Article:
Fake CSCS cards on rise according to CITB
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The glut of fake CSCS cars continues with one in five reporting seeing fake cards over the past year, the users of these fake CSCS cards are still getting away with the fraudulent use of cards because the sites they are using them on are not using the technology in place to check they are real.
A survey carried out by Construction Industry Training Board (CITB) revealed that out of the total 86% of cardholders that had their cards verified, under half (43%) were checked to see if they were actually qualified to do the job.
The Construction Industry Training Board (CITB) and the Construction Skills Certification Scheme (CSCS) all could be checked because they contain a RF ID chip which is unique to each card this allows the foreman to access to a wealth of information about each worker, including their qualifications.
Out of the 1.4 million CSCS that have the microchip technology but 69% who were surveyed said they were still checking cards using phone calls and paper checking systems and only 6% using smart technology which is available.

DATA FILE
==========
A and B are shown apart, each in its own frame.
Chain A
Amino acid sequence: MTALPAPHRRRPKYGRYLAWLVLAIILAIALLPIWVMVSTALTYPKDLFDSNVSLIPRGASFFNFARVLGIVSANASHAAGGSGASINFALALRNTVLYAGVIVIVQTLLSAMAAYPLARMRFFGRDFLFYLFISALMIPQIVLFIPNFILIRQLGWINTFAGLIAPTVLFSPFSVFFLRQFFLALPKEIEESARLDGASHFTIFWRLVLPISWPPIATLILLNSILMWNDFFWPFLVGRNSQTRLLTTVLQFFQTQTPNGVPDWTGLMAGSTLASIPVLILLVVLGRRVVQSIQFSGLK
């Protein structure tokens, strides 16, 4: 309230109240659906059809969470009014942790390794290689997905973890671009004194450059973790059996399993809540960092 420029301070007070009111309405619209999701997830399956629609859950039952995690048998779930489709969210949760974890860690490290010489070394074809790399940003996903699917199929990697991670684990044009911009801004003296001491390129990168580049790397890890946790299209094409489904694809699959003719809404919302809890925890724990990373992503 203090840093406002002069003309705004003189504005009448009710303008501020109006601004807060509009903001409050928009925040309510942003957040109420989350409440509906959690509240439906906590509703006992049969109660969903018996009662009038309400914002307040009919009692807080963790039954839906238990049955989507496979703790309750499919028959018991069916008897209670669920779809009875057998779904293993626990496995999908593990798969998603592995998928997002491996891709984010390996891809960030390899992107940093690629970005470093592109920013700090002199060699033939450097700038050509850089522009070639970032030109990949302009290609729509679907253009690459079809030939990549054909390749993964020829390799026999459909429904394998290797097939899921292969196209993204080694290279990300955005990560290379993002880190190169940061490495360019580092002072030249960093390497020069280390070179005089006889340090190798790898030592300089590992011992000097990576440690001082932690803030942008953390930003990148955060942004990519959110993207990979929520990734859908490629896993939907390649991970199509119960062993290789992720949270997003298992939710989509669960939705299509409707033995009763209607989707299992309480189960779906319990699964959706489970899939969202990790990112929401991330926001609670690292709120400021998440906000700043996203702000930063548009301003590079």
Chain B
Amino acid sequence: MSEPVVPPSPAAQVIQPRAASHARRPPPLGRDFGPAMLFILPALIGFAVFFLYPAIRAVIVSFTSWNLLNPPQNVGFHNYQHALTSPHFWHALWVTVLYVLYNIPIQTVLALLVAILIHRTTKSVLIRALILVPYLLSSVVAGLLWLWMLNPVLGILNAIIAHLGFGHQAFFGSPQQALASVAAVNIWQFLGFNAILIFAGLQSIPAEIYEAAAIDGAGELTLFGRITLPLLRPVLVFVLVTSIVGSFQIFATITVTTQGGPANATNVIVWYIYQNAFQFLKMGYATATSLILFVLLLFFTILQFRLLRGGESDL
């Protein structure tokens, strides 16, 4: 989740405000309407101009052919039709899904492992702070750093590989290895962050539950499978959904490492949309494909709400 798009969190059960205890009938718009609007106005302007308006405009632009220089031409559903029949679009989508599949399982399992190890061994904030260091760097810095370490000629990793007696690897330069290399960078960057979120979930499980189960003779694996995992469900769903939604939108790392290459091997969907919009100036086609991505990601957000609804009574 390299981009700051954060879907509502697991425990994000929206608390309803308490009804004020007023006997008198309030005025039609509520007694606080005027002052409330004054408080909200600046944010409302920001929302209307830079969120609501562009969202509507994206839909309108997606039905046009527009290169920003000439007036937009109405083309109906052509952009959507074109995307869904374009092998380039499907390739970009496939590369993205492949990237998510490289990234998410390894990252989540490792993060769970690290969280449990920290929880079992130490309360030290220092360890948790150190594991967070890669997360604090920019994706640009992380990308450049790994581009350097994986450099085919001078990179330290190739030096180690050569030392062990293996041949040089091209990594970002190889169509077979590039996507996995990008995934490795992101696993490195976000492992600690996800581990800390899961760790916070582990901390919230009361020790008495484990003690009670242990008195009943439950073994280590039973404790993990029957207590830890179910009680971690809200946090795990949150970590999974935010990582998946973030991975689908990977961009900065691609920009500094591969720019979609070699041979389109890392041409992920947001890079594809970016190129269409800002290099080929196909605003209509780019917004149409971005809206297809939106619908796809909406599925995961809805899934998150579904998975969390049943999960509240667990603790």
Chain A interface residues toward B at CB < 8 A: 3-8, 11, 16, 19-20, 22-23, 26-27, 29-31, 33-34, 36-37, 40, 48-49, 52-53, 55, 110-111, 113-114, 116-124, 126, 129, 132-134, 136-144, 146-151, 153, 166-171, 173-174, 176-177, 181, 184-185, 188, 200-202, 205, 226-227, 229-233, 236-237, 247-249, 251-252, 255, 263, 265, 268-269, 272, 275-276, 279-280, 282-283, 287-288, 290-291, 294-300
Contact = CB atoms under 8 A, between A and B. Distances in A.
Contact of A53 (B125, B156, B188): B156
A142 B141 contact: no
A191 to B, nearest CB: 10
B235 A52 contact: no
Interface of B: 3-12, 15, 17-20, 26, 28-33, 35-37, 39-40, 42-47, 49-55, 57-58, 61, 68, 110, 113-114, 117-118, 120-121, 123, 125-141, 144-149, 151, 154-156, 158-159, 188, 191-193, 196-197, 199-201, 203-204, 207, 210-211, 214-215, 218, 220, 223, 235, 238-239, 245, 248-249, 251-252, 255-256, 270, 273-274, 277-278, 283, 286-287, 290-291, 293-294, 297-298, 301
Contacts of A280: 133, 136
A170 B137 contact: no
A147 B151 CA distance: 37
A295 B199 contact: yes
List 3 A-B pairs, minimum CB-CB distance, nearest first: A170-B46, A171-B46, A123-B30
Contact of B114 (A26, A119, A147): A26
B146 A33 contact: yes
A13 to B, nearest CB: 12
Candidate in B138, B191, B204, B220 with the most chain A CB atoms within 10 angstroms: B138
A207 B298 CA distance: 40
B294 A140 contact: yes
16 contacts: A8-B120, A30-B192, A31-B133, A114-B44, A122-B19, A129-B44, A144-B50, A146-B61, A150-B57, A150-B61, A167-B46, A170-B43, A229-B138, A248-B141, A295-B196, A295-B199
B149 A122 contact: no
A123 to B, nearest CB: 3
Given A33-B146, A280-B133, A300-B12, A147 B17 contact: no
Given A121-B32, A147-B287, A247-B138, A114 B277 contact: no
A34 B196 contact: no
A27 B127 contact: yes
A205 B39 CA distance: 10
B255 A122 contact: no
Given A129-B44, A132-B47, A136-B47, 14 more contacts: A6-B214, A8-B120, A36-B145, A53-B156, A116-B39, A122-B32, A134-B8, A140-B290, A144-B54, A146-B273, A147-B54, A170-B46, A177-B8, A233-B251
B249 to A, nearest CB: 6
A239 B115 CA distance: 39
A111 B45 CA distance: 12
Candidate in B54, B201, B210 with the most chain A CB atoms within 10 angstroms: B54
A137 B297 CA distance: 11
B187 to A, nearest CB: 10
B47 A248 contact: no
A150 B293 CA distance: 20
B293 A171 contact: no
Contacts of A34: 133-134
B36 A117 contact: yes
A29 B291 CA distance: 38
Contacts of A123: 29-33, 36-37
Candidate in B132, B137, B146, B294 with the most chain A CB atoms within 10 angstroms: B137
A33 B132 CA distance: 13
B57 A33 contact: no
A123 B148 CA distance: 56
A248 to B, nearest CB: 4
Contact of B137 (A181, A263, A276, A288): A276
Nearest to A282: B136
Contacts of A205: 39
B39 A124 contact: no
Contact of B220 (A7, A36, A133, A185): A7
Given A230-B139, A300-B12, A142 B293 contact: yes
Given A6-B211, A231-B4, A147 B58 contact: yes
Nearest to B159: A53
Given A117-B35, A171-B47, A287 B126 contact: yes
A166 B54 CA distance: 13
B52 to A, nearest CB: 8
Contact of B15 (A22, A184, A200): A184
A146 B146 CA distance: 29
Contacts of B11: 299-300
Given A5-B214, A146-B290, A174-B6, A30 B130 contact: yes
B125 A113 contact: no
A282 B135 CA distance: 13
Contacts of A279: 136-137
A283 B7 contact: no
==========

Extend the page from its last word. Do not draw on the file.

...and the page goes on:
Head of Product Management at CITB, Braden Connolly, commented: “Producing or using cards fraudulently can constitute a criminal offence.Increased action is needed to stamp out the fraudsters, which is why we are calling on industry to adopt new technology to help tackle this problem.”
“CITB will continue to share intelligence and work with the authorities whenever the evidence suggests criminal activity is taking place.”
Graham Wren CSCS Chief Executive commented: “Thorough card checks must be carried out before allowing workers on site and employers need to ensure workers have the correct qualifications for the work they do.
“More and more people are realizing technology, such as a CSCS SmartCard, is a simple and cost effective way to do this.
“By simply placing the card into a reader or compatible device such as a tablet or smartphone you can instantly check the validity of a card and the qualifications held by the card holder.
“There is still a lot of work to be done to increase the use of technology so that relying on visual card checks becomes a thing of the past.”
Overall the industry needs to start adopting the microchip checkers to see that the workers they are letting on to site are actually qualified to do the job and have passed there health and safety testing so they do not endanger others on site